Microsoft HealthVault Deal Puts EHRs Overseas - InformationWeek

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Microsoft HealthVault Deal Puts EHRs Overseas

A Bangkok hospital will use Microsoft HealthVault personal electronic health records to track patients via the Web.

Need a knee replacement, but don't have any health insurance? If you're considering surgery outside the U.S. to save money, you could also come away with a new electronic personal health record, in addition to a new knee.

A new pact between Microsoft and Bumrungrad International Hospital has the Bangkok, Thailand hospital rolling out Microsoft HealthVault personal e-health records next year for patients who live locally as well as for "medical travelers" who venture overseas for care.

With HealthVault, international patients who receive treatment at Bumrungrad will be able to access and share their medical records via the Web once they're back home, promoting continuity of care. The records are available free to Bumrungrad's approximately 420,000 international patients as well as to those living locally.

Bumrungrad has 1.5 million patients, and about 45,000 of those annually are Americans who travel to Thailand for healthcare services that are too expensive in the U.S., or aren't readily available to them if they're living outside the U.S. as expatriates.

About 15,000 of the American patients who get care from Bumrungrad live inside the U.S., and the rest come from about 190 other countries throughout Asia and elsewhere, said Curtis Schroeder, CEO of Bumrungrad International Hospital in an InformationWeek interview.

"Americans are coming to Bumrungrad for different reasons, but for many its price and being among the millions of uninsured" in the U.S., Schroeder says.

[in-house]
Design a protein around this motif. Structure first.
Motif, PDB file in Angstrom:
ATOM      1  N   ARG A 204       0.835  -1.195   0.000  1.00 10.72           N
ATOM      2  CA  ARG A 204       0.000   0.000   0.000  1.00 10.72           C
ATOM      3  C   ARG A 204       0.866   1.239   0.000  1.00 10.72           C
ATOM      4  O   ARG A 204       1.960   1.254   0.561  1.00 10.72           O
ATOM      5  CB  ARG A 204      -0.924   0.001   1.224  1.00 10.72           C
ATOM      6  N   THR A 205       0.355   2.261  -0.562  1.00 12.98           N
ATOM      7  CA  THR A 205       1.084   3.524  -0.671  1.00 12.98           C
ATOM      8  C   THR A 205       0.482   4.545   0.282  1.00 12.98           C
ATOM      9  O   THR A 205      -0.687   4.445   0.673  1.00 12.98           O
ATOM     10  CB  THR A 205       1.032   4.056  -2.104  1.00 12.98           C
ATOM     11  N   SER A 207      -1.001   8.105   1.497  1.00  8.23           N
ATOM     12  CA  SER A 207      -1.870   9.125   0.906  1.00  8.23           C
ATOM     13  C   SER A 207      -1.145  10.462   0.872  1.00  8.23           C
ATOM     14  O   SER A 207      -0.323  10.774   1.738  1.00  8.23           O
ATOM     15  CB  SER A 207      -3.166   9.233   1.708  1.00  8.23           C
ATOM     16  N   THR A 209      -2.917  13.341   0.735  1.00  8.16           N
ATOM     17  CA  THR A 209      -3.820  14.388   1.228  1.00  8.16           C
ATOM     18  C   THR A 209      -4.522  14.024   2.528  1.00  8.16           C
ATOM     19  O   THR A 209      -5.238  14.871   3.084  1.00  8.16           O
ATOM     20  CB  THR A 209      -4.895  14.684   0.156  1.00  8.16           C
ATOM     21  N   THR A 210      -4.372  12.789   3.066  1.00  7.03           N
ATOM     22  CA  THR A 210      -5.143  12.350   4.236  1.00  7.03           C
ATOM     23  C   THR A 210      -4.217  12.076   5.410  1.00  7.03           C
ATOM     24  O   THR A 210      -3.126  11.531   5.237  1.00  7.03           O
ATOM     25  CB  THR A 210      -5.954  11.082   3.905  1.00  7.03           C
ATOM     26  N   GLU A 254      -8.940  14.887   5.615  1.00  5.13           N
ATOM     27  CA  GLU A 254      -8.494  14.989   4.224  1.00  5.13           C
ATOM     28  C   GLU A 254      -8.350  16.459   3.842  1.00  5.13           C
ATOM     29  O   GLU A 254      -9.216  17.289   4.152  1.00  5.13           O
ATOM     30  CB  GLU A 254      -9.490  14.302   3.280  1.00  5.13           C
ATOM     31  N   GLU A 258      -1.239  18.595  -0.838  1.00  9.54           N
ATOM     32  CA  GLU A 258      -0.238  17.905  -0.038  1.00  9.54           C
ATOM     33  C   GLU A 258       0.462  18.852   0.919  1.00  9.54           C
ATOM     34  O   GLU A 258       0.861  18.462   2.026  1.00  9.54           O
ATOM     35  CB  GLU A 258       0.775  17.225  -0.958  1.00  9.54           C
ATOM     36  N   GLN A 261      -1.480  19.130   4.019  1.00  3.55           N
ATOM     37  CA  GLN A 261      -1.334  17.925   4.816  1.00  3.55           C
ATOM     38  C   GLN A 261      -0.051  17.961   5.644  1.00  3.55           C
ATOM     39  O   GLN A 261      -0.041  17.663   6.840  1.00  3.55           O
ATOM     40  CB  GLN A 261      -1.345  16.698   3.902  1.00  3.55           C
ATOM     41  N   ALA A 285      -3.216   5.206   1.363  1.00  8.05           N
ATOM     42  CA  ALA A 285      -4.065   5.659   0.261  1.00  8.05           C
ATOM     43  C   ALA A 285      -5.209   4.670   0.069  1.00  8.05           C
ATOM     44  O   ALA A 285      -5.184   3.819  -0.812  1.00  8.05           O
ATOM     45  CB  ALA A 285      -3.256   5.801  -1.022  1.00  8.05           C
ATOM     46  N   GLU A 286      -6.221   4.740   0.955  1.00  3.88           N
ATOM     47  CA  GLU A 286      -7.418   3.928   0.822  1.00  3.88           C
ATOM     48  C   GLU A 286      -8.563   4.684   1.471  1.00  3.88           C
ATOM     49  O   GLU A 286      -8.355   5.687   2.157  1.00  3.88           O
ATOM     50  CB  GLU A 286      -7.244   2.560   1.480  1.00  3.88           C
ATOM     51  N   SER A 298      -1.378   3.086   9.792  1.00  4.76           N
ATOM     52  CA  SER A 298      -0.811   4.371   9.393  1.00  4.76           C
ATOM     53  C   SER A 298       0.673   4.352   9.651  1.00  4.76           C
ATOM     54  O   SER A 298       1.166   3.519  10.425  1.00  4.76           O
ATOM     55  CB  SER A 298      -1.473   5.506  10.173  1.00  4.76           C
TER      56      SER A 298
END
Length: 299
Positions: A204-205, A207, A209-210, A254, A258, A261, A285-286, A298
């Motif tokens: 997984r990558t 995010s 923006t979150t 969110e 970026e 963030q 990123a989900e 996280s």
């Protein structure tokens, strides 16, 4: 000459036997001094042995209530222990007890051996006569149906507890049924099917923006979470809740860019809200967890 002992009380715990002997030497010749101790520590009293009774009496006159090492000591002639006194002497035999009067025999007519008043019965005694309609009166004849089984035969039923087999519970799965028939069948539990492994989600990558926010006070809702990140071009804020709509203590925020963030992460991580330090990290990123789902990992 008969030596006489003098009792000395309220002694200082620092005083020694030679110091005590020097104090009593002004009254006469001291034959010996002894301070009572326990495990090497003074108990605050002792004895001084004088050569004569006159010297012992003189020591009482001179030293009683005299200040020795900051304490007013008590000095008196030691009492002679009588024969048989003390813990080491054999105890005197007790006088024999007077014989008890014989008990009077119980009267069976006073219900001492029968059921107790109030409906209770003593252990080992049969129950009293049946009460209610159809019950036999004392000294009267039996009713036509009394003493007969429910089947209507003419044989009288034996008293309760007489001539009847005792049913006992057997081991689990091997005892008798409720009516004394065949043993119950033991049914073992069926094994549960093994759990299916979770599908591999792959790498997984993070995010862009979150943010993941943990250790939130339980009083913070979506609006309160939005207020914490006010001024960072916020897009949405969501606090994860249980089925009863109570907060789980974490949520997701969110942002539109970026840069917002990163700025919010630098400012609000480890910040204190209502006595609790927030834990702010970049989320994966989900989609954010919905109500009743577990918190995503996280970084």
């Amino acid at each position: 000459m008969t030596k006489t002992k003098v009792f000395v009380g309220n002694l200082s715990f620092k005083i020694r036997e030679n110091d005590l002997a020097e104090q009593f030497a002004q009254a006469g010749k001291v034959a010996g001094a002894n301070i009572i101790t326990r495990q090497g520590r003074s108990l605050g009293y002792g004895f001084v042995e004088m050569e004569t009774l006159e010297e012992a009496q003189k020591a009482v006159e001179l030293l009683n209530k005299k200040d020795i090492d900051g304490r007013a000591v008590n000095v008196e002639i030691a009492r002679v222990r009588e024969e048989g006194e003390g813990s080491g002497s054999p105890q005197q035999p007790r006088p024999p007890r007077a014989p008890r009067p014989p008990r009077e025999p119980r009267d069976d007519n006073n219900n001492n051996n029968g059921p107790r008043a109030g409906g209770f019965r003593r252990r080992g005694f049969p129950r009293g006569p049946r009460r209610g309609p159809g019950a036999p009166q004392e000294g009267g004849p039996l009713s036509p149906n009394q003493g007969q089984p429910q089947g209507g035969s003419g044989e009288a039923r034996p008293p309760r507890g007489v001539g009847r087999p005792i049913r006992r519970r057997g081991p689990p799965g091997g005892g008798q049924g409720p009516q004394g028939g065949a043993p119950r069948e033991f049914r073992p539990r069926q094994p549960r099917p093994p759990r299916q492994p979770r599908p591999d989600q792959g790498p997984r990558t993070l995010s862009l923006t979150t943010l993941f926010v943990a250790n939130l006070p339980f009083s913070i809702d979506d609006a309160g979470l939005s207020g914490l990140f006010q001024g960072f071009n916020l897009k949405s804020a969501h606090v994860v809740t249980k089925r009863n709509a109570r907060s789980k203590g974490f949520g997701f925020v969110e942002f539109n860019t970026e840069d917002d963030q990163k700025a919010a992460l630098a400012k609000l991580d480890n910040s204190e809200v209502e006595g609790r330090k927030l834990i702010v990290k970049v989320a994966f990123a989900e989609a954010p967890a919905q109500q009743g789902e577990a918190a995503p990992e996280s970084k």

Other patients who travel to Bumrungrad from other parts of the world including Europe, often do so because of long waits for care in their countries, or lack of healthcare access in developing nations.

On average, healthcare services provided by Bumrungrad cost about one-eighth as much they cost in the U.S, said Schroeder.

For instance, a hip replacement surgery that costs between $50,000 and $60,000 in the U.S. costs about $4,000 to $5,000 at Bumrungrad, he explained. While prices are lower, quality of care is high at the hospital, he said. Bumrungrad has accreditation from various U.S. associations, including the Joint Commission on the Accreditation of Healthcare Organizations.

"Medical tourism isn't new, it's only new to Americans," said Schroeder. Still, with tens of thousands of Americans already traveling to Bumrungrad, it's not an alien idea to all.

From Microsoft's perspective, the push to e-personal health records is happening globally, not just in the U.S.

"From Boston to Brussels, the conversation is the same," said Nate McLemore, general manager, Microsoft Health Solutions Group. "Continuity of care, engagement of the patient -- those are issues everyone is talking about," he said.

Microsoft expects in coming months to sign additional international healthcare providers who will be using its HealthVault, and other health IT products and services, including its hospital information system, Amalga, said McLemore. Bumrungrad has also been using Amalga for several years, said Schroeder.

Last May, Microsoft signed an exclusive hosting deal with telecommunication services provider Telus to provide Canadian consumers with access to HealthVault e-health records.


InformationWeek has published an in-depth report on e-health and the federal stimulus package. Download the report here (registration required).

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